KUNSTHUIS Gallery, at Dutch House, Mill Green Farm, Crayke, is celebrating its nomination as a finalist in the 2016 Arts & Culture White Rose Awards by launching a new exhibition.

From July 15 to September 4, the contemporary art gallery presents Kleurvelden (meaning Fields Of Colour), a series of dramatic interpretations of landscapes, nature and the human condition by artists from Scotland, elsewhere in Britain and the Netherlands. Among them will be abstract painters, an expressive and unusual wood sculptor, a bronze sculptor and a raku ceramicist.

Painter and poet Patrick Smith's largely abstract landscapes of his Yorkshire home are "characterised by spatial illusion, eliminating the unnecessary and painting with fields of colour.

York Press:

Lys Hansen's sculpture at Kunsthuis Gallery

Scottish artist AnniRose Ansbro's work hovers at varying points between ambiguity and recognition. “It often starts with an impermanent line drawing, sometimes based on a place or memory, but quite often working with an accumulation of intuitive abstract marks. The paintings, constructed on either board or canvas, consist of layers of paint, wax and varnish,” she says.

Scottish wood sculptor Lys Hansen explores the human condition and the complex relationships of people within her large pieces, in the wake of her painting projects and research taking her to Berlin, Bornholm in Denmark, Ireland and northern France.

Fiona Mazza's Raku ceramics "excite and inspire through smoke and crackle to produce creations where no two will be the same". Fiona’s work is noticeably influenced by landscape, and the nature in the landscape and it will sit alongside Dutch artist Audrey Erbany'sl collection of bronze that examines the human form in differing poses.

York Press:

Richard Mackness's sculpture at Dutch House

Fellow Dutch artist Esther Ziher-Ginczinger's paintings evoke feeling of love between two people, family, friendship and comfort, and she likes to communicate happiness, humour and warmth to the viewer. The message must be working, because her work has travelled from the Netherlands to South Korea, Germany, Belgium, Portugal, Spain, Britain, the United States and South Africa.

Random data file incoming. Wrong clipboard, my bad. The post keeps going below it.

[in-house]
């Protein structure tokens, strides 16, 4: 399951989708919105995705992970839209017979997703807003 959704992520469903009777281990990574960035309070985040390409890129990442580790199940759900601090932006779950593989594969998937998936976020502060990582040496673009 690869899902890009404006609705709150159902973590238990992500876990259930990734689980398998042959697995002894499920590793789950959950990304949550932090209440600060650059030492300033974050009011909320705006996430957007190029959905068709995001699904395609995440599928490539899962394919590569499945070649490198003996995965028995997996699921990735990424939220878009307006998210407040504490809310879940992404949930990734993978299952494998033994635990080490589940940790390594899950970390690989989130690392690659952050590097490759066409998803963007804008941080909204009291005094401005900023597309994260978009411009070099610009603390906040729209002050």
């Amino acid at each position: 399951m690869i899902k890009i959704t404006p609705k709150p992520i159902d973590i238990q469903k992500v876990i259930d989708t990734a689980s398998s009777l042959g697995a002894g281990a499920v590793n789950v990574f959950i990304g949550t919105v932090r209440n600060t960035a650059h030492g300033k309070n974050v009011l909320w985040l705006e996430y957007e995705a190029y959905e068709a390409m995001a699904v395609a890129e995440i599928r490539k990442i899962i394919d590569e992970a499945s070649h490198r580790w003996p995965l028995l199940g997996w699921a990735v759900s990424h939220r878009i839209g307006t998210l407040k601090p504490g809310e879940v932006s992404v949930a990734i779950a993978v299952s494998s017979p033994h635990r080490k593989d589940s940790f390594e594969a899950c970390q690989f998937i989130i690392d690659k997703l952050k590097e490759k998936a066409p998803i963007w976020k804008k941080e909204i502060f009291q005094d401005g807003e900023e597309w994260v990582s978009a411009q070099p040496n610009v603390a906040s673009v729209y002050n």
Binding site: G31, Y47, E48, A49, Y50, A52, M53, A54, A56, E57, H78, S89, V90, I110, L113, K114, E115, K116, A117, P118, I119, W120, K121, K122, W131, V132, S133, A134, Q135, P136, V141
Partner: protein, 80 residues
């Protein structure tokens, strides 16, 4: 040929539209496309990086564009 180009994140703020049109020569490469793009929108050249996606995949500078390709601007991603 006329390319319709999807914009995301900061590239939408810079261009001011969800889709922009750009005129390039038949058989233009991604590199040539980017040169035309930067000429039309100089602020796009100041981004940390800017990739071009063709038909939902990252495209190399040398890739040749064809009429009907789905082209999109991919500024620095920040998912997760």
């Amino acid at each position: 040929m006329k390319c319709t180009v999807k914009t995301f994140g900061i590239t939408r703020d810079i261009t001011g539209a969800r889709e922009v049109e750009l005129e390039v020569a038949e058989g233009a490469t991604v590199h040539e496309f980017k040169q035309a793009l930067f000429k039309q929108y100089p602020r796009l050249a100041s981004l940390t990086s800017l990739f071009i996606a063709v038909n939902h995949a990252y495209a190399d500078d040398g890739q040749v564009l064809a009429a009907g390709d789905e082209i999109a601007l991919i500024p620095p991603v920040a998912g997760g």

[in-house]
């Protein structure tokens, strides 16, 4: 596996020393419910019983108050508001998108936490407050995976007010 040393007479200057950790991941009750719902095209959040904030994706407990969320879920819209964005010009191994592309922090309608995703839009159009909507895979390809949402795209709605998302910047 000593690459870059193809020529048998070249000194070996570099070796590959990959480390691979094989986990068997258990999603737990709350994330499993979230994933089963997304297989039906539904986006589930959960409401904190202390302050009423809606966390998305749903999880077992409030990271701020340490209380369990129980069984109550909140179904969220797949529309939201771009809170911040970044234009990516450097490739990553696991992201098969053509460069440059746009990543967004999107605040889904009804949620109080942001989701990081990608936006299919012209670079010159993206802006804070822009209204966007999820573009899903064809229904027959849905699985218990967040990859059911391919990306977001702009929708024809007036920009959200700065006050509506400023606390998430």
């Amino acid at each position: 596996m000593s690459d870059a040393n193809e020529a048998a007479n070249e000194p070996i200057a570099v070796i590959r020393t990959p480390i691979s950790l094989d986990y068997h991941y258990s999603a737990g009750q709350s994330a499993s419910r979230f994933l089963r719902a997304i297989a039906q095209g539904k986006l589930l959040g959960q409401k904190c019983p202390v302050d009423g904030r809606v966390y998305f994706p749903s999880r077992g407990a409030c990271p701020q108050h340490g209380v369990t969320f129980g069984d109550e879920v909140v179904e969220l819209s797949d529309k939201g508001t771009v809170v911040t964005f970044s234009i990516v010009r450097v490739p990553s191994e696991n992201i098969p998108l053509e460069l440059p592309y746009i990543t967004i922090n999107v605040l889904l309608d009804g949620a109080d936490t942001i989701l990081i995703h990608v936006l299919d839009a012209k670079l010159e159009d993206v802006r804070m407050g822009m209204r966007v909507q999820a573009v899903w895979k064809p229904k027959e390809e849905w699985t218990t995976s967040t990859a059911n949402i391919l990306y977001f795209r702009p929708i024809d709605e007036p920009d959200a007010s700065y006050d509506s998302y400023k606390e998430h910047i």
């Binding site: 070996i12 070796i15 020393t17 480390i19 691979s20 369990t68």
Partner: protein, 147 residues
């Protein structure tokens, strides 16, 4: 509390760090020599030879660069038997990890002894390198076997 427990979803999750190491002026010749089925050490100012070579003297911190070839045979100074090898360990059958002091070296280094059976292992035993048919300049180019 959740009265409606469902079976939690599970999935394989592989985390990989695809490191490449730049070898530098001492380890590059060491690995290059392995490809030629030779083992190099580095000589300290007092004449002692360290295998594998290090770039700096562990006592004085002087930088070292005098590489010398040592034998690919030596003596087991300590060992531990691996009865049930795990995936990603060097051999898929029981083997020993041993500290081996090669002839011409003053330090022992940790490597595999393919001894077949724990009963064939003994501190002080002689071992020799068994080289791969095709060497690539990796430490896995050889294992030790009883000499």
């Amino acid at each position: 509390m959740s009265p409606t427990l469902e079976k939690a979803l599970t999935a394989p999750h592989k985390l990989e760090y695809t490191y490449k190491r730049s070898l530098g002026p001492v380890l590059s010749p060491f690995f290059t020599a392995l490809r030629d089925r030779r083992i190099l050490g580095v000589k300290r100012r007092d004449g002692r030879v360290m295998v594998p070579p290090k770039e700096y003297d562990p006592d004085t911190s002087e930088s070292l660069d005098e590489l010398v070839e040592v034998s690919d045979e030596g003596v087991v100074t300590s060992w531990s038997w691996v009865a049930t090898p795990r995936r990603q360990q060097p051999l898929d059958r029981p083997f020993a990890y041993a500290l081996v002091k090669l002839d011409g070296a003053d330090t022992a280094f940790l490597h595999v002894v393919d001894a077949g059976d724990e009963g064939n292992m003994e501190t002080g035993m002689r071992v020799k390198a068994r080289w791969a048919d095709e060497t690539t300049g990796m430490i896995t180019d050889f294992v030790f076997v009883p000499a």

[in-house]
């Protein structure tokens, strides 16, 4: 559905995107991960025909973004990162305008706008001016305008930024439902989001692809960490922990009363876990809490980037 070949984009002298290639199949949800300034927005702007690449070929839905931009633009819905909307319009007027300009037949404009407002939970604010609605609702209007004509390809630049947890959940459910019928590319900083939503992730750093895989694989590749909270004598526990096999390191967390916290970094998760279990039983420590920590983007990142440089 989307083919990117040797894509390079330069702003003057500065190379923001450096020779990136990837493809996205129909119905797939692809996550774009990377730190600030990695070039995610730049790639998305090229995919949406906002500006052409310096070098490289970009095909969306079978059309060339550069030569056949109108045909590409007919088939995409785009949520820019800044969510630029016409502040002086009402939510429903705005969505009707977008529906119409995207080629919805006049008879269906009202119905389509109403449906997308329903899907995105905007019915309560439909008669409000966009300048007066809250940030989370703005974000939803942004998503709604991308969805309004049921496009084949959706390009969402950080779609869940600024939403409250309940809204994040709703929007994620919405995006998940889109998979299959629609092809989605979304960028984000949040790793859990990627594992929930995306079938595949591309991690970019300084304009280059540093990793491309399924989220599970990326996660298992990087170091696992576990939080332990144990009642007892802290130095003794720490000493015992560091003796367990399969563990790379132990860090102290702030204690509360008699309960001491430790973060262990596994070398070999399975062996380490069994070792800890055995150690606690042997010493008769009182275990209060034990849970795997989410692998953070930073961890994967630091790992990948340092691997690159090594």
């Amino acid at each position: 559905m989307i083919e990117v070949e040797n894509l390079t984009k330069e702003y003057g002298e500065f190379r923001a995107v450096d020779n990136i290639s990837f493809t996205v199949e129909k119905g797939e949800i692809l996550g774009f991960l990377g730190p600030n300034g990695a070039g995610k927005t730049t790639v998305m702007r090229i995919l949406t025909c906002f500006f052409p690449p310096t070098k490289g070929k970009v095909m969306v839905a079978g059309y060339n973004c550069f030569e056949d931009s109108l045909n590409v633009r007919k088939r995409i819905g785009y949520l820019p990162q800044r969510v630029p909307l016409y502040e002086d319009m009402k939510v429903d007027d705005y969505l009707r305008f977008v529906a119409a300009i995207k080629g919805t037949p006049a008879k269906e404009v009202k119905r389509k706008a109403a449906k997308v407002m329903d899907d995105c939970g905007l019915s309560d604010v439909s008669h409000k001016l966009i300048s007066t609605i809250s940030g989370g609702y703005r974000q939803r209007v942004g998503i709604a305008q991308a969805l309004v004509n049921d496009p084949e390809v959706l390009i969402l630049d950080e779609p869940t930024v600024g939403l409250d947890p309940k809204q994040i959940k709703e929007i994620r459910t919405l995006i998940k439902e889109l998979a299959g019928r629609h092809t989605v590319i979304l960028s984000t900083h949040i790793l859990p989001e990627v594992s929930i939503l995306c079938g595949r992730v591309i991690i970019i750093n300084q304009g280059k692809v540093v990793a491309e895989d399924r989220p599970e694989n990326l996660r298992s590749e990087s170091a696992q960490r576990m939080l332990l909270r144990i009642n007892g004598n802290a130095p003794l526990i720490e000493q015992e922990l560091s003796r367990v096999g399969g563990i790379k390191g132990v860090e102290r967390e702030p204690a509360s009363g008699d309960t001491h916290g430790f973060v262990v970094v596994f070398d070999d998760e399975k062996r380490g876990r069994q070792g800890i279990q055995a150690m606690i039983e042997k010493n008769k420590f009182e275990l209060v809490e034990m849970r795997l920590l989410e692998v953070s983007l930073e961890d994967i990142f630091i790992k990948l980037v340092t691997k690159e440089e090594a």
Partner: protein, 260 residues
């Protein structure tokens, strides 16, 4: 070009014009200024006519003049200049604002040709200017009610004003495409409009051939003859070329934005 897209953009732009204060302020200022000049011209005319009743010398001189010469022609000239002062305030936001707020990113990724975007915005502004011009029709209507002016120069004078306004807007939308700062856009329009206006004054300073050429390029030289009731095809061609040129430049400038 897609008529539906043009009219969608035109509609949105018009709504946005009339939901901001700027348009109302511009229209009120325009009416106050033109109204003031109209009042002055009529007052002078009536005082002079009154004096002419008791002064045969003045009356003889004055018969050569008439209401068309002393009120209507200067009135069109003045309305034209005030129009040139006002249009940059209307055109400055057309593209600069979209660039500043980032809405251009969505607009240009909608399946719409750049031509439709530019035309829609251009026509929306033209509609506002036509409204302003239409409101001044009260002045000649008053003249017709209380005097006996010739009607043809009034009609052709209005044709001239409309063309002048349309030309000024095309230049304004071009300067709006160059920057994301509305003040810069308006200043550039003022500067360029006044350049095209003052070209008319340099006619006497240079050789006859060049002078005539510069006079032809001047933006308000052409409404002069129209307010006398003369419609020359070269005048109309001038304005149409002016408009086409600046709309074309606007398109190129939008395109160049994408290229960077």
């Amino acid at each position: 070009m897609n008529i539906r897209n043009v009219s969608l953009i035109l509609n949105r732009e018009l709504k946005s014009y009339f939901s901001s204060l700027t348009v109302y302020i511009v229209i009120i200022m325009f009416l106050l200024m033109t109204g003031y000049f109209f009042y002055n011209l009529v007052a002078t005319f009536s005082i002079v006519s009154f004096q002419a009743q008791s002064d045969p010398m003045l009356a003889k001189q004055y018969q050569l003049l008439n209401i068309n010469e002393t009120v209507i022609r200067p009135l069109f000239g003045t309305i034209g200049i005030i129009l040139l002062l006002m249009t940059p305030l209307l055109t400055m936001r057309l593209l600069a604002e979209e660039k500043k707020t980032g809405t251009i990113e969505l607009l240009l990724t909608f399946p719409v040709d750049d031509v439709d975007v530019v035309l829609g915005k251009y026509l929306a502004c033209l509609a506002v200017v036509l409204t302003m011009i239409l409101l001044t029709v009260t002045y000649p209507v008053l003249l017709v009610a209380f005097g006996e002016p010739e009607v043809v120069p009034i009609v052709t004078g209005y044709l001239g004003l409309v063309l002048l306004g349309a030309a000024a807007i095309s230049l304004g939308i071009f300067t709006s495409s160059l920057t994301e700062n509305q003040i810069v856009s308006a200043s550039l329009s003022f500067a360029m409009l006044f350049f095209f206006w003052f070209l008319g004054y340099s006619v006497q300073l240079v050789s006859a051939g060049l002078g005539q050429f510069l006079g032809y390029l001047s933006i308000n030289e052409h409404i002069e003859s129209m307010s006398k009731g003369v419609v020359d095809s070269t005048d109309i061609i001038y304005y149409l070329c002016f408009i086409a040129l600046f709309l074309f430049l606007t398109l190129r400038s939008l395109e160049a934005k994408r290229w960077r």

York sculptor Richard Mackness, with his twin interests in natural forms and manmade objects, will have pieces throughout the gallery and in Dutch House's ecological gardens. After living in New York and London for some time, Richard has returned to York, where he combines commercial projects and design commissions with his own creations in his sculpture studio at his Urbis Design company.

York Press:

York sculptor Richard Mackness

Meanwhile, in the Dutch House art café, work by artists Ali Thompson and Josh Thompson are on display. Ali's paintings are inspired by her professional background as a midwife and neonatal nurse and Josh adopts inks and oils on birch, plywood and hardwood.

The Kleurvelden exhibition will open with a Supper Club and Garden Sculpture Walk event on July 15 from 7pm to 10pm. This will combine a sculpture walk by Dutch House owner Sjaak Kastelijn and an artist talk and poetry reading by painter Patrick Smith with a welcoming drink and three-course course set menu served in the café.Tickets cost £27.50 at kunsthuisgallery.com/shop

Sjaak and co-owner Cecile Creemers began running their Dutch café amid a wildlife garden in 2010. Sjaak worked as head gardener for York Museums Trust when the couple first arrived in Yorkshire but now focuses on the business full-time. Dutch House opening hours are Wednesday to Sunday, 10am to 5pm; admission is free.